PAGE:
Slow Fish in Action
A Nation, a Fish, a Common Destiny
Ingrid Jarrett, Slow Food Thompson Okanagan convivium leader and life-long advocate for our food culture diversity, couldn't believe it when she first heard the Okanagan Nation Alliance (ONA) story. The story of a salmon and the story of a people. The story of hope, and of an intertwined destiny. She began inviting journalists and sending them to the ONA headquarters, until Pauline Terbasket, executive director of the ONA summoned her to ask what she thought she was doing. It was the start of a beautiful relationship, between two strong women and between the Okanagan Nation and Slow Food, from the mouth of the Columbia River in Portland, USA, through the cascades and all the way to the Okanagan desert in British Columbia, Canada.
The Okanagan are Syilx People. The word carries a command, for every single person, to bind and become one with other people and with all strands of life that make up their land and waterways (Yil, to roll or unify many fibers into one, and X, a command directed to individuals). For thousands of years, the Syilx people's connection to the land made them self-reliant and well provided for. They lived united as a nation, on both sides of what is now the US-Canada border, knowing their land and it's multiple other inhabitants intimately, fishing and hunting, growing and harvesting, crafting and trading to meet their needs. They respected their food gods, the bear, the salmon, the bitterroot and the Saskatoon berry, their relatives, their ancestors, who once created people and took upon themselves the responsibility to feed them.
Colonization, a familiar history for most Canadian indigenous communities, divided people from one another and from their way of life, from the resources they relied upon, until their self-sufficient economy collapsed. Settlers initially brought trade and wealth, but also weapons, alcohol and small pox epidemics, which decimated the Nation's population. Later, as settlement of the Okanagan increased, Indian Reserves were established in the early 1900′s and Okanagan children were removed from their homes and forced into residential schools far away from their homeland and families. Today, in spite of this history, and as no treaty was ever negotiated, the Okanagan people still affirm that the land is theirs.
Sockeye salmon was always a primary food source for the Syilx people. The fish come upstream from Okanagan River to Snake River, going all the way down to Columbia River, where they join with families from different streams and rivers, enter the Pacific and go up north to catch the California Gyre. Hawaii, California, round and round, several times before heading back up the Columbia, by family groups, all together, millions of fish in the arc of a few weeks, shiny blue grey in color, to spawn within less than a hundred meters of where they were born. They feed men, bears, birds, among others, and after spawning, the fish, turned brick red by then, decomposes and further fertilizes the river. Sockeye salmon have been caught by the Syilx at the historical fishing camps of McIntyre Bluff and Okanagan Falls for thousands of years...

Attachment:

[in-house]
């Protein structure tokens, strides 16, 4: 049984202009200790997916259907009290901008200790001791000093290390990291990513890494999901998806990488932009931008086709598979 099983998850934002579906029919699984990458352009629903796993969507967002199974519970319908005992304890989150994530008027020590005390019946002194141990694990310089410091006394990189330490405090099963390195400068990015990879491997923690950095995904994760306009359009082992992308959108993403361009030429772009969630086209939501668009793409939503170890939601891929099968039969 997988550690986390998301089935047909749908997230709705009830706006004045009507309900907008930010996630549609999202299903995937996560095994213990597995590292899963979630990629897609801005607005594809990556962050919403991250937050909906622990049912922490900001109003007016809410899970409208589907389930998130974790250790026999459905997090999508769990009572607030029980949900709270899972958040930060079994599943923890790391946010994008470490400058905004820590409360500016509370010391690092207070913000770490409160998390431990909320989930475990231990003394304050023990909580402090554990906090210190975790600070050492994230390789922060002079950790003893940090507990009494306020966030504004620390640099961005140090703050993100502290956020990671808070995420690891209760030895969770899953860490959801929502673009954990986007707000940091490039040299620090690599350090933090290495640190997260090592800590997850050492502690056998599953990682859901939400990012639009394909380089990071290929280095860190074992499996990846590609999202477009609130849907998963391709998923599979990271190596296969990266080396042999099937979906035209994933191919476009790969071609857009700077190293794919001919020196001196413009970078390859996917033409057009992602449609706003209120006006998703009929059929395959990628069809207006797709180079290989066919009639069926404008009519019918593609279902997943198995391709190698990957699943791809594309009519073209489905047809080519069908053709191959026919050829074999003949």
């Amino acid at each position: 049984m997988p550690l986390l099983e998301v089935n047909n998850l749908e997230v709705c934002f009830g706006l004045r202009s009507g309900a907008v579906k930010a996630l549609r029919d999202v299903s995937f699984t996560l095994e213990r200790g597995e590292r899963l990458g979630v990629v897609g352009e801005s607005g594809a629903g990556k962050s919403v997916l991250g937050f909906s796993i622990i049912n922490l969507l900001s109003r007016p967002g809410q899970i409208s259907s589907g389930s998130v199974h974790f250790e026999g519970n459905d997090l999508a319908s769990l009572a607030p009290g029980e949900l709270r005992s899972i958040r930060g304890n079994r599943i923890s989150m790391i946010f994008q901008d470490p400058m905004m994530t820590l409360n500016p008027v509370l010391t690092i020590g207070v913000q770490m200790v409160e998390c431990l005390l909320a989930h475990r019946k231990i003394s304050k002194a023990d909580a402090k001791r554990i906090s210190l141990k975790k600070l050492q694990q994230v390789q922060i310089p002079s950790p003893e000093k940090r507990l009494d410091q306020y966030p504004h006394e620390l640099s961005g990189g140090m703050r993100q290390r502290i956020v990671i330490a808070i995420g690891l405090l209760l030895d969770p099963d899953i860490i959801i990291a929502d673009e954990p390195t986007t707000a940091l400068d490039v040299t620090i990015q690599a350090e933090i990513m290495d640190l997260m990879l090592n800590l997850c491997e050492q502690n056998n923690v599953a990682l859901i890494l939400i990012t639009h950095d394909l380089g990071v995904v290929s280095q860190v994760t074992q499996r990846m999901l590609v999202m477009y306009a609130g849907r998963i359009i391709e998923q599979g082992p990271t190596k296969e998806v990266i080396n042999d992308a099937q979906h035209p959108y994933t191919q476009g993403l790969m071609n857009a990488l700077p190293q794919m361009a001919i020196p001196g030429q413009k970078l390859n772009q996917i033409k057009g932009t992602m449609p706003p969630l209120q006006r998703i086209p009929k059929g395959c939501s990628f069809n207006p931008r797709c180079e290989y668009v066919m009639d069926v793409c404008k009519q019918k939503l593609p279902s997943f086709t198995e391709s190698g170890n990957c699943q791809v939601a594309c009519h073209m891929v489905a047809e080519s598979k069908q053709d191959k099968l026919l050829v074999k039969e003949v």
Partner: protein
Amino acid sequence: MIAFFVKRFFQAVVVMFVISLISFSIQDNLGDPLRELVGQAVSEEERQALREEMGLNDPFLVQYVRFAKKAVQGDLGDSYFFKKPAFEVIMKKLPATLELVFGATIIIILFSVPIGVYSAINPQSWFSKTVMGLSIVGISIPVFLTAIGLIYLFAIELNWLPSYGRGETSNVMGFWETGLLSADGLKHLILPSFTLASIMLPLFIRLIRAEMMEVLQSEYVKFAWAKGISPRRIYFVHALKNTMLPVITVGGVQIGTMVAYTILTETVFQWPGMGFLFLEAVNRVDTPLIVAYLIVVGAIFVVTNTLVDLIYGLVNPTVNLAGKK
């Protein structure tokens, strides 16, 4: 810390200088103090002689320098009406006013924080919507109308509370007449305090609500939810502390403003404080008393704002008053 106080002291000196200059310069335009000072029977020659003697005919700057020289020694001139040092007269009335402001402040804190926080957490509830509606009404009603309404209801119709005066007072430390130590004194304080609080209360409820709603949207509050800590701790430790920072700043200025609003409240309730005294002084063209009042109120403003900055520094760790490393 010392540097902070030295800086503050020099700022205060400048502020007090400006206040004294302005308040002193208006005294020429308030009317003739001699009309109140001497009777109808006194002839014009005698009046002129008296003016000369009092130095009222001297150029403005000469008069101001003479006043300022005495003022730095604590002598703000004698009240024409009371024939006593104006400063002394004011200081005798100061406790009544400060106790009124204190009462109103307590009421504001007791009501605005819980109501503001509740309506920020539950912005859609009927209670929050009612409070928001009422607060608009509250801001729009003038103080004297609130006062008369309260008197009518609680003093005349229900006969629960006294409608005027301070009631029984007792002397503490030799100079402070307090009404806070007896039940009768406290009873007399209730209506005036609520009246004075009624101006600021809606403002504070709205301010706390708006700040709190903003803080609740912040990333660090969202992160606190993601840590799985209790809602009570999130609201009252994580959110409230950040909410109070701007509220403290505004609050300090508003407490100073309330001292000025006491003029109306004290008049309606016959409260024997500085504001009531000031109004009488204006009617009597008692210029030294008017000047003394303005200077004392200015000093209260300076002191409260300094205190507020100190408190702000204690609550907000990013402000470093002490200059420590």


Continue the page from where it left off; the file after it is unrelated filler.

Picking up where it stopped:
Yet, in the 1930's, impassable dams started to be erected. Streams were channeled, real estate developed along the water, destroying salmon habitat. Climate changed. Over-harvesting became rampant. The salmon, a fish that has come back every year since time immemorial, a food god, almost disappeared. In the mid-nineties, less than 5,000 adult spawners were returning. Still a miracle, all things considered. But it was time for Kt cp'elk' stim'.
The return of the red salmon
Kt cp'elk' stim' means "cause to come back." It started in 1997: under the direction of elders, all 8 Nation's bands from both sides of the Canada-US border, which constitute the ONA, decided they were going to get the salmon back. And so they did. Since 2003 the ONA has maintained a dedicated initiative to re-establish the sockeye salmon population in Osoyoos, Skaha and Okanagan Lake, integrating modern science with traditional practices: re-engineering adult fish passage at McIntyre Dam, restoring river and creek habitat, spawning side channel construction, hatchery out plants into Skaha Lake and real time fish-water management decision tools, assisting water managers with scheduled flow releases, all have gone hand to hand with the revitalization of Okanagan culture and ceremonies. During these ceremonies, people come together, share food, share experiences, and assess the fruit of their collective efforts. And they pray, to give cause to the salmon to come back, as the salmon gives cause to their culture to come back.
Okanagan sockeye salmon has responded to the prayers. In 2014, more than 600,000 sockeye Salmon returned, of which a fraction is carefully harvested to feed the people. Meanwhile, children with shiny eyes learn their language in Syilx schools; knowledge keepers keep Chaptikwl (oral history), the stories and the memory of their people, alive; artists are flourishing; young people, proud again to be Okanagan, work on re-gathering and reviving their knowledge, at times crossing it with scientific knowledge to help them, once again, become the true guardians of their land.
Author: Michèle Mesmain